Asking Questions in an Interview
While an interview is a chance for a company to get to know you and your skills, it is also an opportunity for you to learn more about the company and the role you’re interviewing for. After all, you want to work at a company that is a good fit for your personality, career goals, and work style, right? In addition to finding out if this company is the right place for you, asking questions shows that you came prepared and are actually interested in working there. This article from The Muse cites recruiter Angela Smith explaining, “If an applicant doesn’t have any questions for me, that’s a red flag. I’m thinking that they either don’t care or can’t be bothered to do research about my company.” Therefore, make sure to do your pre-interview research!
During the interview, more questions will likely pop into your head, but it’s a good idea to have a few prepared. That being said, make sure you’re not too focused on forming questions during an interview that you stop paying attention to what the interviewer is saying; they might answer some of your questions along the way! Also, you don’t want to stump your interviewer with difficult or confusing questions. Keep your questions specific, but open-ended (avoid yes or no questions). This will give the interviewer a chance to dive deeper with their answers!
An interview is a chance for you and the interviewer to learn more about each other! Photo credit: Collegiate Women in Business
I’ve broken down the types of questions to ask in an interview into four sections: about the company, role-specific, interviewer’s personal experiences, and next steps. These are by no means the only questions you can ask during an interview; they are just a few ideas to get you started!
About the Company
Team culture, work-life balance, and diversity of a company are all important aspects to consider when deciding which company to work for. You are going to be spending a good chunk of your week there, so you need to ensure that you’re going to like where you are! While there are a plethora of questions you can ask about the company, here are a few ideas.
How would you describe the culture of (insert company name)?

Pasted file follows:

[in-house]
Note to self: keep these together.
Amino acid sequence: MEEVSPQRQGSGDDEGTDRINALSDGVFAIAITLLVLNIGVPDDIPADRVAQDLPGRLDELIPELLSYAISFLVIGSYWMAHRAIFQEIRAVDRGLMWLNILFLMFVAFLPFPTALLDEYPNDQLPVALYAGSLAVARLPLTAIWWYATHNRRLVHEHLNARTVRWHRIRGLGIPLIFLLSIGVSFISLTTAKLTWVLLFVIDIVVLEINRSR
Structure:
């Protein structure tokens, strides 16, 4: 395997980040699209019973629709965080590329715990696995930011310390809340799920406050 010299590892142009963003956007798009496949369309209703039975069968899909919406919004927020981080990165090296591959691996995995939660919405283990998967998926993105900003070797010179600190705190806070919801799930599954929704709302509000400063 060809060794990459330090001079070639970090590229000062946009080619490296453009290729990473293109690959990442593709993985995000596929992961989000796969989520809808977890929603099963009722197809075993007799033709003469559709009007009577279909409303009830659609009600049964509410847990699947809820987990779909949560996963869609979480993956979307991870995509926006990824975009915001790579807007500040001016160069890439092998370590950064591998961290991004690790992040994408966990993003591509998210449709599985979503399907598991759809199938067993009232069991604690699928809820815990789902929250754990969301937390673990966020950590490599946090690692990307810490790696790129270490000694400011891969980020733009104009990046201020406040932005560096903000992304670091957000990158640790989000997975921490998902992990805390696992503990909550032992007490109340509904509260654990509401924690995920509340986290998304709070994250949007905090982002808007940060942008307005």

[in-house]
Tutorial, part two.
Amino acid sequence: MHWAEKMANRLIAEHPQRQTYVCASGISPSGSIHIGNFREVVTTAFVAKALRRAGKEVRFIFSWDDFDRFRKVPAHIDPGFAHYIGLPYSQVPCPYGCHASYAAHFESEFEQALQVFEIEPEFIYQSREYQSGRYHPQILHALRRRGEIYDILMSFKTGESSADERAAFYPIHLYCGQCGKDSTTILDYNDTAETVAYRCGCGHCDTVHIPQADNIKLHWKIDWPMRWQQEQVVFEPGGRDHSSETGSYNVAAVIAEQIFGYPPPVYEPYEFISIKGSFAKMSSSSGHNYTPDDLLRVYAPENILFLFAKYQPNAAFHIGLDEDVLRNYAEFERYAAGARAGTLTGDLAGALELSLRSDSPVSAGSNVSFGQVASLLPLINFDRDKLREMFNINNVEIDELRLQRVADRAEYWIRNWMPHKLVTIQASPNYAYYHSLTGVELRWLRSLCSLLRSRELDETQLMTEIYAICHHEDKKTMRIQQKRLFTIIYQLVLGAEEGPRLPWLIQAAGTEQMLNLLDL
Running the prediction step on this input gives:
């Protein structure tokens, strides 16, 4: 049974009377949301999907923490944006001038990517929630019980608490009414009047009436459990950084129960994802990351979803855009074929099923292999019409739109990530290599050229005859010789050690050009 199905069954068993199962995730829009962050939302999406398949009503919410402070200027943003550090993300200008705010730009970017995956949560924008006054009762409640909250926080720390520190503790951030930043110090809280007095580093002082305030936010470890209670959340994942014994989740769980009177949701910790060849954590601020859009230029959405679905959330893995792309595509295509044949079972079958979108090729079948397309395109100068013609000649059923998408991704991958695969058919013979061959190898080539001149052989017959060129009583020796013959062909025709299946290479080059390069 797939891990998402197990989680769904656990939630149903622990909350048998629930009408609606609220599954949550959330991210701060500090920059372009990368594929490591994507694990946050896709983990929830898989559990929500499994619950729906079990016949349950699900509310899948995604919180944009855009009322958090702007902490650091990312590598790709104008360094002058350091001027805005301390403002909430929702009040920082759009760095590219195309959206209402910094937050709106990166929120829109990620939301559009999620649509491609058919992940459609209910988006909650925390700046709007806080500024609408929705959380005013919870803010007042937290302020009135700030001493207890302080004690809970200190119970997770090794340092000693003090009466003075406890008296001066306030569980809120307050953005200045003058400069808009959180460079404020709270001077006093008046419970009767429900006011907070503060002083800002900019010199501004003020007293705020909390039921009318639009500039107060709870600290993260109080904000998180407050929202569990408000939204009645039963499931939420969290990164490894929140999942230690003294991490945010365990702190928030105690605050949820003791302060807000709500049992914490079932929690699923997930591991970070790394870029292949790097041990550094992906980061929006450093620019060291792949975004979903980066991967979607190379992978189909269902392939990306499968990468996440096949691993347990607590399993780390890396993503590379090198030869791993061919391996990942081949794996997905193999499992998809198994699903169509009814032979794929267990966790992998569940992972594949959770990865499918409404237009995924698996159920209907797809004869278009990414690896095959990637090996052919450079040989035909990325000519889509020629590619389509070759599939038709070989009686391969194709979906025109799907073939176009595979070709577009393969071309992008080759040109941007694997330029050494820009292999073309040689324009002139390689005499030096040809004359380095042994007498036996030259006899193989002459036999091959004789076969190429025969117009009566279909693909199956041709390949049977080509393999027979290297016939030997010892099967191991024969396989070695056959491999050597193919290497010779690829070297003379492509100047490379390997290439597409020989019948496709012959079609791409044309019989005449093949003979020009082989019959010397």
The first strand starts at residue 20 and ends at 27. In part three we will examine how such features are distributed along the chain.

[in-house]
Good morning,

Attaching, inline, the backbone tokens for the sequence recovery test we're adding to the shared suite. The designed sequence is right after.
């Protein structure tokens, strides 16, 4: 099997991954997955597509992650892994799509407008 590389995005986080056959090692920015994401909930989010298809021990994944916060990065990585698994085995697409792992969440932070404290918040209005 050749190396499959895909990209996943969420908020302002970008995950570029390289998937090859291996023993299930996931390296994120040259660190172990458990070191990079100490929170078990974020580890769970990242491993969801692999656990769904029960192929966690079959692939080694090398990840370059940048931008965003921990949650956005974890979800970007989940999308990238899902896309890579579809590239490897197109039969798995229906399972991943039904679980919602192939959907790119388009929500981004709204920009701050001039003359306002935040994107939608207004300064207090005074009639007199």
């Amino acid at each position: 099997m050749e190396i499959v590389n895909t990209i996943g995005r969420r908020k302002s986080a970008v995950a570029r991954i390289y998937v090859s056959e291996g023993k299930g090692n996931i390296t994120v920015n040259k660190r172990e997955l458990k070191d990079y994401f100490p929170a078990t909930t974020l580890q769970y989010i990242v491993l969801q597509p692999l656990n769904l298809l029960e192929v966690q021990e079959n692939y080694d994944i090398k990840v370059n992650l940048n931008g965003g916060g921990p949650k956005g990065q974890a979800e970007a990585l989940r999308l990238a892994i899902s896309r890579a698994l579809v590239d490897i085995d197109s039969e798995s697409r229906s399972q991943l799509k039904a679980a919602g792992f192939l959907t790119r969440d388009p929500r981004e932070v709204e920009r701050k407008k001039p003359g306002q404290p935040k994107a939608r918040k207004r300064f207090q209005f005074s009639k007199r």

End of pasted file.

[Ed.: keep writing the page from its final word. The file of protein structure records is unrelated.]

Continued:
What values are most important to the company?
What are the company’s long-term goals and plans to achieve those goals? (Tailor this one based on the company: Are they developing new products, expanding into new markets, growing specific teams/departments within their company, etc.)
What are the company’s current goals and how does the team support those goals?
Would you describe the work environment as more collaborative or independent?
Does the company have any diversity and inclusion initiatives or networks?
Do employees participate in any team events outside of work?
Company culture is an important factor to consider when interviewing! CWIB visited Custom Ink on the D.C. Trek, a company that’s known to have a great culture. Photo credit: Collegiate Women in Business
It may seem obvious to many of you, but you want to ask questions about the specific role you applied for in an interview. Many interviewers give a rundown of the role at the beginning of an interview so some of your questions might get answered. Here are a few questions to ask if you find yourself wanting more information about the work you’ll be doing:
What kinds of projects would I be working on?
What projects have interns/associates worked on in the past?
What would the training process be like?
What are the main technologies/software/platforms I would be working with?
What skills do I need to excel in this role?
What would a typical day in this role look like?
The interviewer’s own experiences can be a great wealth of information to tap into during an interview. They are a professional in an industry you aspire to work in, so they have some nuggets of wisdom to share. Asking your interviewer questions about their experiences will also build rapport and show that you value their perspective. Here are a few questions you could ask your interviewer about their career.
How long have you been with (insert company name)?
What are the biggest challenges you face as an (insert specific role) in the (insert industry)?
Has your role changed since you’ve been with the company?
What is your favorite part about working at the company?
What advice would you give to someone aspiring to work in this industry/role?
Don’t be afraid to pick your interviewer’s brain! Learning about their career journey and experience with the company can give you a lot of insight. Photo credit: Collegiate Women in Business
If the interviewer doesn’t explicitly explain, you might want to ask about the